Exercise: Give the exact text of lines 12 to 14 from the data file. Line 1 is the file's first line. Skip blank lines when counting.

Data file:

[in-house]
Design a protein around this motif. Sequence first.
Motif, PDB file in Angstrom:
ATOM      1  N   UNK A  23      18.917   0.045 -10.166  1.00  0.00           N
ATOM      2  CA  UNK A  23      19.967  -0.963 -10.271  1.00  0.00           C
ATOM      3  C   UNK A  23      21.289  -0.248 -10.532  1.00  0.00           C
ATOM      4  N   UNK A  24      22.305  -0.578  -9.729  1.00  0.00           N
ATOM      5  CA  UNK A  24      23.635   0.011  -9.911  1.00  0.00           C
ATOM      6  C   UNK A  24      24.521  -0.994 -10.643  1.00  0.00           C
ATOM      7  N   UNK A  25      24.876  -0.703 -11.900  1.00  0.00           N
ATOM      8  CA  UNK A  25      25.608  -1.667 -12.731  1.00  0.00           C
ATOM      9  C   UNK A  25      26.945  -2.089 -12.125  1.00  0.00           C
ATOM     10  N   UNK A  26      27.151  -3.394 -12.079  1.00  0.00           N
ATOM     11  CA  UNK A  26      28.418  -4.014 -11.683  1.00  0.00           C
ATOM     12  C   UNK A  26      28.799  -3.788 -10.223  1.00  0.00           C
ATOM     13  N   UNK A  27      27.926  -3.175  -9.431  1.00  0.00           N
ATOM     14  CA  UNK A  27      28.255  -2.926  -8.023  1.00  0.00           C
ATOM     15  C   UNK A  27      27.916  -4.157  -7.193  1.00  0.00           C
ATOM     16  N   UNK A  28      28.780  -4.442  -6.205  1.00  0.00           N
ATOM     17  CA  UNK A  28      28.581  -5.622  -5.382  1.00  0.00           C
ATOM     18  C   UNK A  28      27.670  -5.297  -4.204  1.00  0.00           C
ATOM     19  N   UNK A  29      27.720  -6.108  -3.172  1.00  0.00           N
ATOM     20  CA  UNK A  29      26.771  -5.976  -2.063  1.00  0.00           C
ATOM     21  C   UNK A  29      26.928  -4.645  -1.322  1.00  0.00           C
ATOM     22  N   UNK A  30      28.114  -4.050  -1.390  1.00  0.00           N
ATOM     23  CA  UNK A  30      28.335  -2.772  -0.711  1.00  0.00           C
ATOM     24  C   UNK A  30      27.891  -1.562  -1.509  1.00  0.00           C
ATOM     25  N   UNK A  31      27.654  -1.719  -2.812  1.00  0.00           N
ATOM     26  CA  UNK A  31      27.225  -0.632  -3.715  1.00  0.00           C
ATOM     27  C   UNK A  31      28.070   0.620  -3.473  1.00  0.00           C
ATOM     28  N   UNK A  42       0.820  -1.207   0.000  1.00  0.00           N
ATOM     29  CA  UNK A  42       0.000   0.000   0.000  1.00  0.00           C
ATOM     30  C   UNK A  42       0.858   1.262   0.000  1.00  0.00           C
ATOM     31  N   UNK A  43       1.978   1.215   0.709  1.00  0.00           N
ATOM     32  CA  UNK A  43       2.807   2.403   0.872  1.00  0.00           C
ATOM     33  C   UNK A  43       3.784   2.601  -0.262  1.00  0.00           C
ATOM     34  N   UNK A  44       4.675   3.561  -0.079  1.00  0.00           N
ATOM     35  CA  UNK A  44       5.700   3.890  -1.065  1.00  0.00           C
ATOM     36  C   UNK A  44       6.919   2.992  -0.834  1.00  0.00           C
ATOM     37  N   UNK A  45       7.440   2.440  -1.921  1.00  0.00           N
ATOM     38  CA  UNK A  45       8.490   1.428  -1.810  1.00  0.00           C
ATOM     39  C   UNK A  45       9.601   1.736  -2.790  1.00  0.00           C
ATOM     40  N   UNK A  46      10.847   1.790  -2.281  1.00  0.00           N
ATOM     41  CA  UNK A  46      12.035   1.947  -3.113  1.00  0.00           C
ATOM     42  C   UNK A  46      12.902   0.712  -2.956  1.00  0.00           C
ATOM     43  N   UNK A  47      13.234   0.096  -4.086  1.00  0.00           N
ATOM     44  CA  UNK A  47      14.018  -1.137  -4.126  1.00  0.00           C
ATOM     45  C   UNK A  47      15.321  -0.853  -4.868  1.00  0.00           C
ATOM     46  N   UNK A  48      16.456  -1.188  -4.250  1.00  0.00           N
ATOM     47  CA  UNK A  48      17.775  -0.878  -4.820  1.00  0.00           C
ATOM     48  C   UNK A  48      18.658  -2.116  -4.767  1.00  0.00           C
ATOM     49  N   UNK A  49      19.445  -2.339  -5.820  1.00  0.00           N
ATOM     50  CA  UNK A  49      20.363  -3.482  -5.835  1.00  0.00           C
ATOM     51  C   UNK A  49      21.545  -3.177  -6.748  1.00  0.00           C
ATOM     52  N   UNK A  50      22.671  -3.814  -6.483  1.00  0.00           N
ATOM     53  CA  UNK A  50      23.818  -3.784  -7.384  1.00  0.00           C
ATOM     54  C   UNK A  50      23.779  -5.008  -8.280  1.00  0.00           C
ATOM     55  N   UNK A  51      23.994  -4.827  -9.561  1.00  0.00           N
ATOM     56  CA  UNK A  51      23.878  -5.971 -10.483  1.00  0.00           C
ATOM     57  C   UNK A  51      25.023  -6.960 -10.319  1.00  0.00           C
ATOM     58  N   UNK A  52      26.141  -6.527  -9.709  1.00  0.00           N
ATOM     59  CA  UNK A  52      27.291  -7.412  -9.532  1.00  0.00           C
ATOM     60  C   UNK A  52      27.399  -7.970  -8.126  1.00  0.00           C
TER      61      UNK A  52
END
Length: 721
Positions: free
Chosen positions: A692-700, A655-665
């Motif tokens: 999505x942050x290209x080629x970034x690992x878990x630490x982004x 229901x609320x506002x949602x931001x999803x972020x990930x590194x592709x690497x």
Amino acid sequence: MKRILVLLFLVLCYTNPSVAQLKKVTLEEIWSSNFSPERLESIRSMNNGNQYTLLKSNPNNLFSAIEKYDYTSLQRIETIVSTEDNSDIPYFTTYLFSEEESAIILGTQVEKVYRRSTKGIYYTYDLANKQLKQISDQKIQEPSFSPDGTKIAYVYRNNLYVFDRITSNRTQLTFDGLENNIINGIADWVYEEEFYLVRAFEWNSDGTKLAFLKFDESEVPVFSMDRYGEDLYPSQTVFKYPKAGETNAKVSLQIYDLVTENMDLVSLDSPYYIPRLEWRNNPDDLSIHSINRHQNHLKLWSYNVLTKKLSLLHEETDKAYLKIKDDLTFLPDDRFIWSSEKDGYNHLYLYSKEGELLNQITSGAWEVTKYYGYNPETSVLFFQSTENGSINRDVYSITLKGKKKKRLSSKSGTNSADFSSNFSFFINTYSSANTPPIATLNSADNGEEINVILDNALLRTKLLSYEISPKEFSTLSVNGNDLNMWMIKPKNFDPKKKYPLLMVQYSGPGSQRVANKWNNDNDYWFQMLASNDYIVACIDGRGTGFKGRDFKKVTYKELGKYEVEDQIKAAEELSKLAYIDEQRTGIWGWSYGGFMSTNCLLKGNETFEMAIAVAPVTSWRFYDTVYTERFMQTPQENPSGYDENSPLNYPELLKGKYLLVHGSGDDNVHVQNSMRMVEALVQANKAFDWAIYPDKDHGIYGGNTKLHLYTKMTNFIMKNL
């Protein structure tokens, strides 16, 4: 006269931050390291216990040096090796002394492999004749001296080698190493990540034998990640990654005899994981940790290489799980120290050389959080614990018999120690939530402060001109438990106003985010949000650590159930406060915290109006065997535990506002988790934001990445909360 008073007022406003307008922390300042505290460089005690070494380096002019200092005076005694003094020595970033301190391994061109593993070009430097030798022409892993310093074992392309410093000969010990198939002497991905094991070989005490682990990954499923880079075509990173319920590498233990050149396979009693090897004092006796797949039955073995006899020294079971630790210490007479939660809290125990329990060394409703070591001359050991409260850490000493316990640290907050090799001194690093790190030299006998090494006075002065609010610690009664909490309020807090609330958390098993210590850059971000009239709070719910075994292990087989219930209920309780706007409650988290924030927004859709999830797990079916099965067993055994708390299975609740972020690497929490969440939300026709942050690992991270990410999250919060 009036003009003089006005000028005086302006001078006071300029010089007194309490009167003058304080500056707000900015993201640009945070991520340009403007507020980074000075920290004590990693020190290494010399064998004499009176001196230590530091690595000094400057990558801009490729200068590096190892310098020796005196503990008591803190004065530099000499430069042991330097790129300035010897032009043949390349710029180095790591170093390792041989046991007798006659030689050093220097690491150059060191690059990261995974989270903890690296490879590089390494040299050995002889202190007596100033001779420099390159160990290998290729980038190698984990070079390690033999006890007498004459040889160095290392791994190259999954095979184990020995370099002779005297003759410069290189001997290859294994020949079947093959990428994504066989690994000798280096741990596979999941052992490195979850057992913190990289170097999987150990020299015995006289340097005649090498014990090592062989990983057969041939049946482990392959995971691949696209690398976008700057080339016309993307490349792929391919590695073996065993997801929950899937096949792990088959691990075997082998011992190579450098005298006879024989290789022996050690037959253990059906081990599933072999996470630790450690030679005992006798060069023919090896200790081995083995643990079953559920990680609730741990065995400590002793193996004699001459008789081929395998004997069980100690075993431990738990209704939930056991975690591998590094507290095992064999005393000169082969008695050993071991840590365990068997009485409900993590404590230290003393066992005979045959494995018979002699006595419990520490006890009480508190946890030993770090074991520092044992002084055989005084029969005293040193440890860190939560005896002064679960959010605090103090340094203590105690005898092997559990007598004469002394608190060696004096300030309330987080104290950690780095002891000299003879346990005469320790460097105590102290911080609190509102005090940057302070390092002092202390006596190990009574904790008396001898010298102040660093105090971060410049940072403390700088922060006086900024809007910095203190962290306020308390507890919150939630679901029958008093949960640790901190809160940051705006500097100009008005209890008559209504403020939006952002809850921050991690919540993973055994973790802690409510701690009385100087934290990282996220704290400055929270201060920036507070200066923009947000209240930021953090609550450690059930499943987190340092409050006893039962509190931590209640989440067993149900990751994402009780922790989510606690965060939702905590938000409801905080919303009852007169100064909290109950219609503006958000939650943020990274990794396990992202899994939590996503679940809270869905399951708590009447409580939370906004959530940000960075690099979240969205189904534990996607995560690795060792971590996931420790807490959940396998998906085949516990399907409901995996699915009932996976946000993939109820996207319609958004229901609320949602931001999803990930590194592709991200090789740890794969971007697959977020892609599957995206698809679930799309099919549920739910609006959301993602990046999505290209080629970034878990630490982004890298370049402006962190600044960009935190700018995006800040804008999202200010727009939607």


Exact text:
ATOM      9  C   UNK A  25      26.945  -2.089 -12.125  1.00  0.00           C
ATOM     10  N   UNK A  26      27.151  -3.394 -12.079  1.00  0.00           N
ATOM     11  CA  UNK A  26      28.418  -4.014 -11.683  1.00  0.00           C